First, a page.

Telomeres: Decades of Research, A Nobel Prize and Your Cellular Health


aboutus-calvinMy name is Cal Harley, PhD and I am the Chief Scientist at Telomere Diagnostics, the company that offers TeloYears. As a clinical researcher and scientist, I have been actively involved in telomere biology research for the past 30+ years and am very excited that we are now able to offer TeloYears, a simple genetic test that measures the length of your telomeres, which are the protective caps on the ends of your DNA strands that tend to shorten and fray with age. Work that I and other researchers have done in the past eight decades has shown the amazing role that these fascinating structures on the ends of our chromosomes play in one of life’s most central biological processes – cell division. In multicellular organisms such as humans, cell division gives us the vitally critical ability to replace old worn-out tissues, to grow, to heal.



Our understanding of telomeres started in 1931 when Hermann Muller and Barbara McClintock first discovered structures on the ends of the chromosomes of both flies and corn, respectively. However, the specific purpose of these structures did not come into focus until much later. In later decades, the longstanding model of “immortal cells” was overturned by the work of Leonard Hayflick who in the 1960’s showed that cells have a self-limiting capacity to replicate. He demonstrated that when a cell can no longer divide, it becomes senescent, the biological equivalent of aging. The association between the self-limiting nature of cellular replication, or the Hayflick Limit as it is now known, and telomeres became increasingly clear in the research done in my lab at McMaster University in the late 1980’s and early 1990’s. We showed that telomere shortening due to the end-replication problem was responsible for the triggering of cellular senescence and the loss of regenerative capacity of human cells that defined the replicative clock of cell aging. Our work suggested that we could measure the rate of telomeric loss and its association with cellular senescence in multiple studies thus confirming the role telomere shortening plays in cell biology.



In 1984, Elizabeth Blackburn, co-founder of Telomere Diagnostics, profoundly expanded our understanding of telomere biology when she discovered the enzyme telomerase in the ciliate Tetrahymena. Telomerase is a reverse transcriptase, or an enzyme used to generate complementary DNA from an RNA primer, that adds telomere repeat sequences at the end of telomeres. Elizabeth Blackburn continued her research and in 2009 was awarded the Nobel Prize in Physiology or Medicine jointly with Carol Greider and Jack Szostak “for the discovery of how chromosomes are protected by telomeres and enzyme telomerase.”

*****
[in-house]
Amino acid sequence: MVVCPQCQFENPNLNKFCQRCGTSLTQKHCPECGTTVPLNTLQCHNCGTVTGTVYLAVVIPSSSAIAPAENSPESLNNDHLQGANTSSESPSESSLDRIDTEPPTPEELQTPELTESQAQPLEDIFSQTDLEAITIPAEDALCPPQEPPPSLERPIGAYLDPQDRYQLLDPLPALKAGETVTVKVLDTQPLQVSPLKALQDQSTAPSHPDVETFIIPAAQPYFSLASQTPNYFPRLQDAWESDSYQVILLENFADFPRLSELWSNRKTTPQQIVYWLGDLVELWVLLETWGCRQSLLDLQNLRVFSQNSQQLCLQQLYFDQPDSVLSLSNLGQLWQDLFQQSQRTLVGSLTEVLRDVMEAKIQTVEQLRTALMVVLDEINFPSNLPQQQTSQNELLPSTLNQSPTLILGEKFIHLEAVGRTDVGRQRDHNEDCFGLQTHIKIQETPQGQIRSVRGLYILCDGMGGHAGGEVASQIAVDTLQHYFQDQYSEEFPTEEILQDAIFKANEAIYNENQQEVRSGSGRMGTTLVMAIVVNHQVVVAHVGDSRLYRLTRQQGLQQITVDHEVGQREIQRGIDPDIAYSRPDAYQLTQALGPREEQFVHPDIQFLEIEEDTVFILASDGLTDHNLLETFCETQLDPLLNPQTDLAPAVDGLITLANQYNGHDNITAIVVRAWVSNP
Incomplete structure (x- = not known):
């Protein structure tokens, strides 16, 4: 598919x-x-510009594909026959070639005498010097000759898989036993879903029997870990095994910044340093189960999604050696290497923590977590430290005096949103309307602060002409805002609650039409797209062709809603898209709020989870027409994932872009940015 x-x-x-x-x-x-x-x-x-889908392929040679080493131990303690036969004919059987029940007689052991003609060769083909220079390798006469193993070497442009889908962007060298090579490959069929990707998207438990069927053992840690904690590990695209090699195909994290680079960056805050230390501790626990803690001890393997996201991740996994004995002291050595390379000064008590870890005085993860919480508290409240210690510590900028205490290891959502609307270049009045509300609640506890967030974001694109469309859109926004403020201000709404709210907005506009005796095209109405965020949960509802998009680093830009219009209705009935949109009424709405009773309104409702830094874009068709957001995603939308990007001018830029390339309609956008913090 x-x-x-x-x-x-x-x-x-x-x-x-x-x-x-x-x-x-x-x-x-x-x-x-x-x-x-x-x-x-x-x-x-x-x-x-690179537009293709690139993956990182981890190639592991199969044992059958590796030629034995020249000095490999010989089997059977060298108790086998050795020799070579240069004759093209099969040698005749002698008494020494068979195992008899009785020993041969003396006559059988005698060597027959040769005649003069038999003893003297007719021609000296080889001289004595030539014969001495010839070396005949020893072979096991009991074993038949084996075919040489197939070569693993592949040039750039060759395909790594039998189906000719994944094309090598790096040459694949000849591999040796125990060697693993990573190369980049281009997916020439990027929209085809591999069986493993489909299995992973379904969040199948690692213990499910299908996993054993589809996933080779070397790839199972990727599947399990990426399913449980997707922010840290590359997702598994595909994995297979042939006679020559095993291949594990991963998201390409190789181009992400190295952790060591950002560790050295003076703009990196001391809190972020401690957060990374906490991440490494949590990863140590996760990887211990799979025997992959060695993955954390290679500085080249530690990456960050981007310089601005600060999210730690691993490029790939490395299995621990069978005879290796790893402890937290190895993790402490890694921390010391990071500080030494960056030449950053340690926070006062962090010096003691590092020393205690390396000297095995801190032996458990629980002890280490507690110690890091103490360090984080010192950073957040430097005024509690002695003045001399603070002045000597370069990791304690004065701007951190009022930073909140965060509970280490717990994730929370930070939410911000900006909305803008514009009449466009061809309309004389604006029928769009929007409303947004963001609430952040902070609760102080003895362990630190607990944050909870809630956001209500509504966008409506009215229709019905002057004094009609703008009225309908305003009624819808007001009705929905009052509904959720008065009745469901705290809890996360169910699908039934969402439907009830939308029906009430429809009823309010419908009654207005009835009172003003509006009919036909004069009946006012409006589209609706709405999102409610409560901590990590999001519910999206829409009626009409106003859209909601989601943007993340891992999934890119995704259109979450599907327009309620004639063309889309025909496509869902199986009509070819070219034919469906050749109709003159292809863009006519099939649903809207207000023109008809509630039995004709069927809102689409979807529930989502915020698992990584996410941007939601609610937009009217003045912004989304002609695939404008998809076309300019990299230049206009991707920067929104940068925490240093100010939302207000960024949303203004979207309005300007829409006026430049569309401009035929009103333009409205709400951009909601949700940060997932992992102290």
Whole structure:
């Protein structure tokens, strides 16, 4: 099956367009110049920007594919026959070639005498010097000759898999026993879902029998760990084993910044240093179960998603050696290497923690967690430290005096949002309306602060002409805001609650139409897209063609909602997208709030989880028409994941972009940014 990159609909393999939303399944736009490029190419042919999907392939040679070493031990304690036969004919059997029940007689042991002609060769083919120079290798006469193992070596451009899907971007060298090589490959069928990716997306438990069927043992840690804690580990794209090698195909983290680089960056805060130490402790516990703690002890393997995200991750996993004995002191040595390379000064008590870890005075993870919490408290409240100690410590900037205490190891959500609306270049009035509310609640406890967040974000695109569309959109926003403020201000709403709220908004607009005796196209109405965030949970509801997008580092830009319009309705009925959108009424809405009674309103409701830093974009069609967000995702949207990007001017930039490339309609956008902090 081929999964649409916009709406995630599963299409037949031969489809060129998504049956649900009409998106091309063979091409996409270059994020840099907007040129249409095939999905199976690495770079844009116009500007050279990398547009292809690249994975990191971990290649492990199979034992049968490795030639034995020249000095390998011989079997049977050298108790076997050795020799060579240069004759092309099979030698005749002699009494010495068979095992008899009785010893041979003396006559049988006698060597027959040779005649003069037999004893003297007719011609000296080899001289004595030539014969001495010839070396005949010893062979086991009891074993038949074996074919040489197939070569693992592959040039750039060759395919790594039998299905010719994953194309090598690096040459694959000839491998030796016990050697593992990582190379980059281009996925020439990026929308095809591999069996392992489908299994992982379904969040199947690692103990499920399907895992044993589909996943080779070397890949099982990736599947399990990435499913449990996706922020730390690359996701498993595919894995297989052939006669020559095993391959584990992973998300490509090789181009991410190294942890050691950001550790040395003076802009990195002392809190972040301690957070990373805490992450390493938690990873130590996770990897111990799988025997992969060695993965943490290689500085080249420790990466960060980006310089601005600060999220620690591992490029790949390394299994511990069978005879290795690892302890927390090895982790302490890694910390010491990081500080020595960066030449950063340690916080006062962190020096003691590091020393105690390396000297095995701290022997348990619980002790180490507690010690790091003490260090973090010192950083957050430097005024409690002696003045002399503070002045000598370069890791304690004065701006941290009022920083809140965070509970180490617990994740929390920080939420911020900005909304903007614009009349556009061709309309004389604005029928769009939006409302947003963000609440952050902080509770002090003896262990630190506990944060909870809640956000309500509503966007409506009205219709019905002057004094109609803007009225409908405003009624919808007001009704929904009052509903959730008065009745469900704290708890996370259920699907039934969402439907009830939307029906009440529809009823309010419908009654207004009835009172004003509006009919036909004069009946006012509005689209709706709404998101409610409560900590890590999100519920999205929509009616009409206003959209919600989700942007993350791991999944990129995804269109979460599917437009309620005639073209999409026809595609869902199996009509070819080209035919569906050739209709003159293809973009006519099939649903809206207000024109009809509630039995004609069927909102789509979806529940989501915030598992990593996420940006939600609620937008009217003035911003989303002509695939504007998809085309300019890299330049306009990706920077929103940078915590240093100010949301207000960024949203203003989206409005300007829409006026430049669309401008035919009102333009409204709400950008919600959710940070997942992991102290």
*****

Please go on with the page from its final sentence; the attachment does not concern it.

To date, several thousand studies have been published on telomeres and telomerase in nearly every area of medical research – longevity, cardiovascular health, cancer, diabetes, diet and exercise, depression, arthritis, kidney disease, pulmonary disease, the list goes on and on. Because of their fundamental role in cellular functioning, telomeres continue to be vigorously researched for their role in nearly every known disease state as well as a potential target for therapeutic intervention.



We founded Telomere Diagnostics back in 2010 with the goal of expanding access to information about individuals’ telomere length in order to empower everyone with information about this important biomarker of cellular reserve. Learning about your DNA enables you to make informed decisions about your lifestyle choices to optimize your health or simply just to know. Genetic services from companies such as AncestryDNA and 23andMe have profoundly impacted the general public’s awareness of and interest in the information that our DNA holds about ourselves and where we come from.




The TeloYears test provides your age in TeloYears, a metric based on the relative length of your telomeres, one of the components of your DNA that changes over time and is influenced by both genetics and an individual’s accumulated lifestyle choices and experiences. Your telomere length is variable and understanding this pattern of change can provide you with motivation to either start or maintain a healthy lifestyle. It has been said a million times but with the advent of the genetic information age, it is more resonant now than ever: Knowledge is power.

In light of the ever expanding body of clinical data and research in telomere biology, I will be blogging my take on the latest and greatest findings in the weeks and months to come. Even though I am currently sailing through the late summer seas between Copenhagen and the west coast of Norway, I hope to have the time in the evenings to unpack some recent studies about telomeres that have been occupying my thoughts lately. As I sail under the northern night sky and look up at the array of constellations above me, I am reminded of the quote by artist and science fiction writer Vera Nazarian “When you reach for the stars, you are reaching for the farthest thing out there. When you reach deep into yourself, it is the same thing, but in the opposite direction. If you reach in both directions, you will have spanned the universe.”
Cal Harley, PhD

2 comments on “Telomeres: Decades of Research, A Nobel Prize and Your Cellular Health

  • hello i understand that Imetelstat is a drug in clinical trials that is supposed to aid in stopping the shortening of telomerase . is this company involved in something similar

    • Thank you for your comment. We are only offering the TeloYears genetic test. At this time, we do not have any drug development programs.

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